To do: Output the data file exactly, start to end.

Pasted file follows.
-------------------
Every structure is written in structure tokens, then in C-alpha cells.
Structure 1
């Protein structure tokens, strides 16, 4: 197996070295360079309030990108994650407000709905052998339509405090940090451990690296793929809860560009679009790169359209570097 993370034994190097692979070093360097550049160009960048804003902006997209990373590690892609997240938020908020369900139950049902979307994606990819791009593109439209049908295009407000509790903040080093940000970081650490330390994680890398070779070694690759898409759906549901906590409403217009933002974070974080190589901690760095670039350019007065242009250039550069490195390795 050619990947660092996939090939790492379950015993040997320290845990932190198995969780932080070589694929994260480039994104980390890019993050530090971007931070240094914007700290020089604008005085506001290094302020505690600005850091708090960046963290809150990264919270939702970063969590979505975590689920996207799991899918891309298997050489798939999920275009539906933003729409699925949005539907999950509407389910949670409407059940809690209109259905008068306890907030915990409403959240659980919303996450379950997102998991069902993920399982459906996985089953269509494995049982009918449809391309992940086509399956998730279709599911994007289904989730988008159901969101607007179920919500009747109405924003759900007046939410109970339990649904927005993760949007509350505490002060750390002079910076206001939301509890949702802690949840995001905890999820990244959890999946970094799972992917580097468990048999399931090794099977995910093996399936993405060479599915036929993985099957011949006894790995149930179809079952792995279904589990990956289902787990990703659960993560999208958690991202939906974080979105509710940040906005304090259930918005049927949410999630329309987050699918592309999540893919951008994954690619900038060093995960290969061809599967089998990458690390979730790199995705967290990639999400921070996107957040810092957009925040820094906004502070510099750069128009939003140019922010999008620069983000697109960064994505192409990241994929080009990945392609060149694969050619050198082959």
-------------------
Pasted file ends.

Every structure is written in structure tokens, then in C-alpha cells.
Structure 1
């Protein structure tokens, strides 16, 4: 197996070295360079309030990108994650407000709905052998339509405090940090451990690296793929809860560009679009790169359209570097 993370034994190097692979070093360097550049160009960048804003902006997209990373590690892609997240938020908020369900139950049902979307994606990819791009593109439209049908295009407000509790903040080093940000970081650490330390994680890398070779070694690759898409759906549901906590409403217009933002974070974080190589901690760095670039350019007065242009250039550069490195390795 050619990947660092996939090939790492379950015993040997320290845990932190198995969780932080070589694929994260480039994104980390890019993050530090971007931070240094914007700290020089604008005085506001290094302020505690600005850091708090960046963290809150990264919270939702970063969590979505975590689920996207799991899918891309298997050489798939999920275009539906933003729409699925949005539907999950509407389910949670409407059940809690209109259905008068306890907030915990409403959240659980919303996450379950997102998991069902993920399982459906996985089953269509494995049982009918449809391309992940086509399956998730279709599911994007289904989730988008159901969101607007179920919500009747109405924003759900007046939410109970339990649904927005993760949007509350505490002060750390002079910076206001939301509890949702802690949840995001905890999820990244959890999946970094799972992917580097468990048999399931090794099977995910093996399936993405060479599915036929993985099957011949006894790995149930179809079952792995279904589990990956289902787990990703659960993560999208958690991202939906974080979105509710940040906005304090259930918005049927949410999630329309987050699918592309999540893919951008994954690619900038060093995960290969061809599967089998990458690390979730790199995705967290990639999400921070996107957040810092957009925040820094906004502070510099750069128009939003140019922010999008620069983000697109960064994505192409990241994929080009990945392609060149694969050619050198082959």